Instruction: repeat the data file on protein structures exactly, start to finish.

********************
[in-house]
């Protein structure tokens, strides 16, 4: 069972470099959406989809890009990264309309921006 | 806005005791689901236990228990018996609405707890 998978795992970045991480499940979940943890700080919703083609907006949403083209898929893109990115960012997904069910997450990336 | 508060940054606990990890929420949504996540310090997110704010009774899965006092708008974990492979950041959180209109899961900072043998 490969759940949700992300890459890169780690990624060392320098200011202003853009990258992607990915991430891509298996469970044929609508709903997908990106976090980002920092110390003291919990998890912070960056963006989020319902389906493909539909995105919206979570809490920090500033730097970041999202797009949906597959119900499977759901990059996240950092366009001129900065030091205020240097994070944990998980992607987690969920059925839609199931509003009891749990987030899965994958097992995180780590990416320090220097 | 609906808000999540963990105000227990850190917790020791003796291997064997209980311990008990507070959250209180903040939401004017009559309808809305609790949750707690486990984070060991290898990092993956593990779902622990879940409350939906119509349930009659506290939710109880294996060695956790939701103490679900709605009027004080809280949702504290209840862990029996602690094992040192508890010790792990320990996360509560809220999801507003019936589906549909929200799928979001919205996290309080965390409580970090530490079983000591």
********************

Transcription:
[in-house]
């Protein structure tokens, strides 16, 4: 069972470099959406989809890009990264309309921006 | 806005005791689901236990228990018996609405707890 998978795992970045991480499940979940943890700080919703083609907006949403083209898929893109990115960012997904069910997450990336 | 508060940054606990990890929420949504996540310090997110704010009774899965006092708008974990492979950041959180209109899961900072043998 490969759940949700992300890459890169780690990624060392320098200011202003853009990258992607990915991430891509298996469970044929609508709903997908990106976090980002920092110390003291919990998890912070960056963006989020319902389906493909539909995105919206979570809490920090500033730097970041999202797009949906597959119900499977759901990059996240950092366009001129900065030091205020240097994070944990998980992607987690969920059925839609199931509003009891749990987030899965994958097992995180780590990416320090220097 | 609906808000999540963990105000227990850190917790020791003796291997064997209980311990008990507070959250209180903040939401004017009559309808809305609790949750707690486990984070060991290898990092993956593990779902622990879940409350939906119509349930009659506290939710109880294996060695956790939701103490679900709605009027004080809280949702504290209840862990029996602690094992040192508890010790792990320990996360509560809220999801507003019936589906549909929200799928979001919205996290309080965390409580970090530490079983000591």